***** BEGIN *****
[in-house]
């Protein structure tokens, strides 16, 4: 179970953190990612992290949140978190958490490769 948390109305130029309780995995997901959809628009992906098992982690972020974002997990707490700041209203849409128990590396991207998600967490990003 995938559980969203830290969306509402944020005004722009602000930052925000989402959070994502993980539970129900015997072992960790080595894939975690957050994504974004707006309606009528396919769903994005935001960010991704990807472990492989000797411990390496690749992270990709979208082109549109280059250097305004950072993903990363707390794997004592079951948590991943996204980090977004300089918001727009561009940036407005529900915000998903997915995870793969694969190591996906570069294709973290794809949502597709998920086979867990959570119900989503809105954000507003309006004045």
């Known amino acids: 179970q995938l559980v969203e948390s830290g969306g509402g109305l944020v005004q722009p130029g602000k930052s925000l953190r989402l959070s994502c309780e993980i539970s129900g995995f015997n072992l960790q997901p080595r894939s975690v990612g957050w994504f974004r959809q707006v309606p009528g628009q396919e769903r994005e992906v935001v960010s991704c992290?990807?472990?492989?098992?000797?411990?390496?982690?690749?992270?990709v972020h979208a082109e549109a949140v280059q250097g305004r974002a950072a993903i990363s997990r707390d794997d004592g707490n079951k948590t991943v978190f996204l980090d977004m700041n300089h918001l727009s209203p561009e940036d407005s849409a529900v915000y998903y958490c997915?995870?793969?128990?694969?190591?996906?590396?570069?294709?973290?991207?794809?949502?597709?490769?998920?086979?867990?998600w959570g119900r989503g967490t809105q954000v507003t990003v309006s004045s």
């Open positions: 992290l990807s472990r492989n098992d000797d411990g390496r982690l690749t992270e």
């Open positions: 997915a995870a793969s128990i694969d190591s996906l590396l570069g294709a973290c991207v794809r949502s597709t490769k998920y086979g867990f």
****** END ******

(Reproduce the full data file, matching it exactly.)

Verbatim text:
[in-house]
């Protein structure tokens, strides 16, 4: 179970953190990612992290949140978190958490490769 948390109305130029309780995995997901959809628009992906098992982690972020974002997990707490700041209203849409128990590396991207998600967490990003 995938559980969203830290969306509402944020005004722009602000930052925000989402959070994502993980539970129900015997072992960790080595894939975690957050994504974004707006309606009528396919769903994005935001960010991704990807472990492989000797411990390496690749992270990709979208082109549109280059250097305004950072993903990363707390794997004592079951948590991943996204980090977004300089918001727009561009940036407005529900915000998903997915995870793969694969190591996906570069294709973290794809949502597709998920086979867990959570119900989503809105954000507003309006004045």
């Known amino acids: 179970q995938l559980v969203e948390s830290g969306g509402g109305l944020v005004q722009p130029g602000k930052s925000l953190r989402l959070s994502c309780e993980i539970s129900g995995f015997n072992l960790q997901p080595r894939s975690v990612g957050w994504f974004r959809q707006v309606p009528g628009q396919e769903r994005e992906v935001v960010s991704c992290?990807?472990?492989?098992?000797?411990?390496?982690?690749?992270?990709v972020h979208a082109e549109a949140v280059q250097g305004r974002a950072a993903i990363s997990r707390d794997d004592g707490n079951k948590t991943v978190f996204l980090d977004m700041n300089h918001l727009s209203p561009e940036d407005s849409a529900v915000y998903y958490c997915?995870?793969?128990?694969?190591?996906?590396?570069?294709?973290?991207?794809?949502?597709?490769?998920?086979?867990?998600w959570g119900r989503g967490t809105q954000v507003t990003v309006s004045s």
């Open positions: 992290l990807s472990r492989n098992d000797d411990g390496r982690l690749t992270e």
């Open positions: 997915a995870a793969s128990i694969d190591s996906l590396l570069g294709a973290c991207v794809r949502s597709t490769k998920y086979g867990f």